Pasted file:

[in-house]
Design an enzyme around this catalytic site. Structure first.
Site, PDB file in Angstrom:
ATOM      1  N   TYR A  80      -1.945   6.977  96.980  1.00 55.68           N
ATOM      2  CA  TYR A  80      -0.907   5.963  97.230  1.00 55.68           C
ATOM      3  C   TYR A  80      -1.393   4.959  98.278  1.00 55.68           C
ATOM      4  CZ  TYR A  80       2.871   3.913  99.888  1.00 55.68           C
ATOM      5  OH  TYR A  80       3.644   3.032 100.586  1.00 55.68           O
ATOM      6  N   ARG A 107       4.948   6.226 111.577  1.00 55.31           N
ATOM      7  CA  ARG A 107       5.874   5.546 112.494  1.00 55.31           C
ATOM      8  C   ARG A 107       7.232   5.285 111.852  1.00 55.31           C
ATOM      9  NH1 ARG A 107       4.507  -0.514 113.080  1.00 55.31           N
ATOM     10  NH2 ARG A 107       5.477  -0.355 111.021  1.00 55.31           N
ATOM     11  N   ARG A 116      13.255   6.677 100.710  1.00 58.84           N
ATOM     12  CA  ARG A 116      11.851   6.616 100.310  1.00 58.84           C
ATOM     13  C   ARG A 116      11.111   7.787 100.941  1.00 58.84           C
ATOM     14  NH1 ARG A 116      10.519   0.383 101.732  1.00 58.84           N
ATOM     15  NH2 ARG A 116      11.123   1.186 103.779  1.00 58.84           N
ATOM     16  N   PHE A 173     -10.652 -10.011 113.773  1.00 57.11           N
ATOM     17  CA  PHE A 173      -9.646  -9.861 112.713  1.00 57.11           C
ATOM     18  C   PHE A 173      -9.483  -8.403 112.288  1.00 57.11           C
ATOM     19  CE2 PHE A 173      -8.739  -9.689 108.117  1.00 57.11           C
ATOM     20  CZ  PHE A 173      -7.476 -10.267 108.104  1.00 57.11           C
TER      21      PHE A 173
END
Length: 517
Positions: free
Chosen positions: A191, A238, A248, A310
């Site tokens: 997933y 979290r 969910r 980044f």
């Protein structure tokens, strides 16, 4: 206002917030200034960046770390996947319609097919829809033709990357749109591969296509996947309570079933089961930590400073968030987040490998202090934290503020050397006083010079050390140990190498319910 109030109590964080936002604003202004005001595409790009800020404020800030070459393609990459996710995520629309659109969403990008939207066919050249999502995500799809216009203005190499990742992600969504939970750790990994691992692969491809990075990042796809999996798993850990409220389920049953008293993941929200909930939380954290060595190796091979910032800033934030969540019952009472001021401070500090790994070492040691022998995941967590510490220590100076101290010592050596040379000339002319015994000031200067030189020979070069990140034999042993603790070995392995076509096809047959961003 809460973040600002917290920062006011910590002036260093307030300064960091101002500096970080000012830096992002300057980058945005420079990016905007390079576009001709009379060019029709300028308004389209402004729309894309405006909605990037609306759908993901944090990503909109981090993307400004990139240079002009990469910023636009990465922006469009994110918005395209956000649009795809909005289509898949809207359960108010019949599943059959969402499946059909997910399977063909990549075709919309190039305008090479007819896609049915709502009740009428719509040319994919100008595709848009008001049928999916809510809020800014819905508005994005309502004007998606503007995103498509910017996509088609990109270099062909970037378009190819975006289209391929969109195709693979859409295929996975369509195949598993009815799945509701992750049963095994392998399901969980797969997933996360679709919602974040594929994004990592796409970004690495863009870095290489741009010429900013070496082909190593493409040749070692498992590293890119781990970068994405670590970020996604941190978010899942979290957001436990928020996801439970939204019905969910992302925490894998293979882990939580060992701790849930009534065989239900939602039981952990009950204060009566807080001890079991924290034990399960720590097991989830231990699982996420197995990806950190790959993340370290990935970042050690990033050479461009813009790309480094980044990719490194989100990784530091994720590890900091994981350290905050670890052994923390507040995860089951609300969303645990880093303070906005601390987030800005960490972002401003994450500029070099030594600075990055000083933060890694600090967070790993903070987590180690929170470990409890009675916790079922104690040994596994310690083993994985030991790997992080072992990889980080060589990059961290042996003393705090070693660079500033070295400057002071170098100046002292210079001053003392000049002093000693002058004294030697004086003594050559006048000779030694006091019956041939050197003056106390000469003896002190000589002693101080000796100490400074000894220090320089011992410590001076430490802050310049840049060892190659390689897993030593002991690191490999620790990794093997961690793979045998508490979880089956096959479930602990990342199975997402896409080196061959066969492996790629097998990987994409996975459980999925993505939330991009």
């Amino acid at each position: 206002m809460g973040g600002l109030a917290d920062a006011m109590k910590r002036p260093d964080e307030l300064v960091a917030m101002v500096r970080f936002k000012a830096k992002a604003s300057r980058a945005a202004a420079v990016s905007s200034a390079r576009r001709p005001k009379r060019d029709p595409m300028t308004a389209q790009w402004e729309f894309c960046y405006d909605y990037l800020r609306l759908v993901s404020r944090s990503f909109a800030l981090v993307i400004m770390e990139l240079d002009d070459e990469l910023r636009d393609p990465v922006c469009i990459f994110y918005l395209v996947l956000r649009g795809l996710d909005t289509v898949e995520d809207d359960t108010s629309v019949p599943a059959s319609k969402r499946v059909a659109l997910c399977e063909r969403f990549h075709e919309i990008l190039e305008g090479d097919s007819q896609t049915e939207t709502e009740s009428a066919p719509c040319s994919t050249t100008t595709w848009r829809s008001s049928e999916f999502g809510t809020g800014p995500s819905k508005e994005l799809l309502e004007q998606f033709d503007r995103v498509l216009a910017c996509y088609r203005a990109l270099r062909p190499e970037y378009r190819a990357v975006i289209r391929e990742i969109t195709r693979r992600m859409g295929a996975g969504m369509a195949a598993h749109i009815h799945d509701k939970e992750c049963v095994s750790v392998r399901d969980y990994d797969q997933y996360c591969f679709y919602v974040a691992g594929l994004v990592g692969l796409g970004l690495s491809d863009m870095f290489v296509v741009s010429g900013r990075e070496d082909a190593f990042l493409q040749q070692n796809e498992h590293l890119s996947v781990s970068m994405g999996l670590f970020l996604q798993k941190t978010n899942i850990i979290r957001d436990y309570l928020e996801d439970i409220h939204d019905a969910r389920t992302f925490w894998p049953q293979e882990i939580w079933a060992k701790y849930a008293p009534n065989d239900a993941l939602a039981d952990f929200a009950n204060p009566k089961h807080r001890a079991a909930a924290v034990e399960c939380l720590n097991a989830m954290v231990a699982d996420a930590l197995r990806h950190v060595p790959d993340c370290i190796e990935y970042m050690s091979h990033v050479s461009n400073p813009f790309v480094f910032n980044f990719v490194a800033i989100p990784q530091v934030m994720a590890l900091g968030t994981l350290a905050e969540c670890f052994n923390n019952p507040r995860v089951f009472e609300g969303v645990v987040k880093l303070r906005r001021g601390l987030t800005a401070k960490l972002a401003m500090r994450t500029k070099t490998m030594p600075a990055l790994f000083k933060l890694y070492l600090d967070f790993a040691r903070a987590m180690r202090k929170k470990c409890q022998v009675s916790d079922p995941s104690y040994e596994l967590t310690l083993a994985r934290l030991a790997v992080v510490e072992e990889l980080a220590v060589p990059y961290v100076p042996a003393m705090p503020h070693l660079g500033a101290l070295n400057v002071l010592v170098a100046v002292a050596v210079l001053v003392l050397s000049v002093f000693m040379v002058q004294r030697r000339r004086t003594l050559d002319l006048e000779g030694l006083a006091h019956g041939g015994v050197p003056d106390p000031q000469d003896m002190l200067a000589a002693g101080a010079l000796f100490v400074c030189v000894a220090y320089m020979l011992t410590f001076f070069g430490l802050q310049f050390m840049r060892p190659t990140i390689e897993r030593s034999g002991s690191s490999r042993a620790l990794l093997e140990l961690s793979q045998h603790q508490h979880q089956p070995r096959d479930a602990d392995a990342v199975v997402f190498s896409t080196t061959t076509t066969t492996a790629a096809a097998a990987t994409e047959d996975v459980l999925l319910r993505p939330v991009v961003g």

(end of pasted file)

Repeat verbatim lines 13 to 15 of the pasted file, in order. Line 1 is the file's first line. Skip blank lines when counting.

ATOM     10  NH2 ARG A 107       5.477  -0.355 111.021  1.00 55.31           N
ATOM     11  N   ARG A 116      13.255   6.677 100.710  1.00 58.84           N
ATOM     12  CA  ARG A 116      11.851   6.616 100.310  1.00 58.84           C